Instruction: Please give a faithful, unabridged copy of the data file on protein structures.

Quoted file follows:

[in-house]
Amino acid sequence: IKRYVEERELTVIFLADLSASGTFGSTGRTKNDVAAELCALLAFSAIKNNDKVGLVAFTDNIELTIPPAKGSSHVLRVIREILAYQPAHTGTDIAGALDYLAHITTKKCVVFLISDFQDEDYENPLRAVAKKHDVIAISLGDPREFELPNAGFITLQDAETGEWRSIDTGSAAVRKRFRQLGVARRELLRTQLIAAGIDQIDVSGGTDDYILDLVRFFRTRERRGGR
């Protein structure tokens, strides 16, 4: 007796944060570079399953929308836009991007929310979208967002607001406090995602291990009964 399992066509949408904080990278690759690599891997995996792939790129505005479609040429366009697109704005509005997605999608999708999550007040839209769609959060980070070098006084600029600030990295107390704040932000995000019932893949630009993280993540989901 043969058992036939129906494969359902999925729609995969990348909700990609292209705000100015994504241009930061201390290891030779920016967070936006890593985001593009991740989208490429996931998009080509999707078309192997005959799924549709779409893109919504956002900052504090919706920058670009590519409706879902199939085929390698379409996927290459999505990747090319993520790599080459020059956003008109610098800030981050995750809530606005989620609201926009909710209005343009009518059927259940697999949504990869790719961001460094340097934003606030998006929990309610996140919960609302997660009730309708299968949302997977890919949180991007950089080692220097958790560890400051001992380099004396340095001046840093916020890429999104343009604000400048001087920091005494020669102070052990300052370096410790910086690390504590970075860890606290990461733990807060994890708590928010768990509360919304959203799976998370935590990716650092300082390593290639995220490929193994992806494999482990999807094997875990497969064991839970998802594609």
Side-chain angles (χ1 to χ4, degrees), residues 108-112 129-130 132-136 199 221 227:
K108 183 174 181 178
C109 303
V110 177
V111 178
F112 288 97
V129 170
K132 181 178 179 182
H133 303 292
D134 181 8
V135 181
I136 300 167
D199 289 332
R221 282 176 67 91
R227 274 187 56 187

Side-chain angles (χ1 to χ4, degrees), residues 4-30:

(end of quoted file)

[in-house]
Amino acid sequence: IKRYVEERELTVIFLADLSASGTFGSTGRTKNDVAAELCALLAFSAIKNNDKVGLVAFTDNIELTIPPAKGSSHVLRVIREILAYQPAHTGTDIAGALDYLAHITTKKCVVFLISDFQDEDYENPLRAVAKKHDVIAISLGDPREFELPNAGFITLQDAETGEWRSIDTGSAAVRKRFRQLGVARRELLRTQLIAAGIDQIDVSGGTDDYILDLVRFFRTRERRGGR
């Protein structure tokens, strides 16, 4: 007796944060570079399953929308836009991007929310979208967002607001406090995602291990009964 399992066509949408904080990278690759690599891997995996792939790129505005479609040429366009697109704005509005997605999608999708999550007040839209769609959060980070070098006084600029600030990295107390704040932000995000019932893949630009993280993540989901 043969058992036939129906494969359902999925729609995969990348909700990609292209705000100015994504241009930061201390290891030779920016967070936006890593985001593009991740989208490429996931998009080509999707078309192997005959799924549709779409893109919504956002900052504090919706920058670009590519409706879902199939085929390698379409996927290459999505990747090319993520790599080459020059956003008109610098800030981050995750809530606005989620609201926009909710209005343009009518059927259940697999949504990869790719961001460094340097934003606030998006929990309610996140919960609302997660009730309708299968949302997977890919949180991007950089080692220097958790560890400051001992380099004396340095001046840093916020890429999104343009604000400048001087920091005494020669102070052990300052370096410790910086690390504590970075860890606290990461733990807060994890708590928010768990509360919304959203799976998370935590990716650092300082390593290639995220490929193994992806494999482990999807094997875990497969064991839970998802594609």
Side-chain angles (χ1 to χ4, degrees), residues 108-112 129-130 132-136 199 221 227:
K108 183 174 181 178
C109 303
V110 177
V111 178
F112 288 97
V129 170
K132 181 178 179 182
H133 303 292
D134 181 8
V135 181
I136 300 167
D199 289 332
R221 282 176 67 91
R227 274 187 56 187

Side-chain angles (χ1 to χ4, degrees), residues 4-30: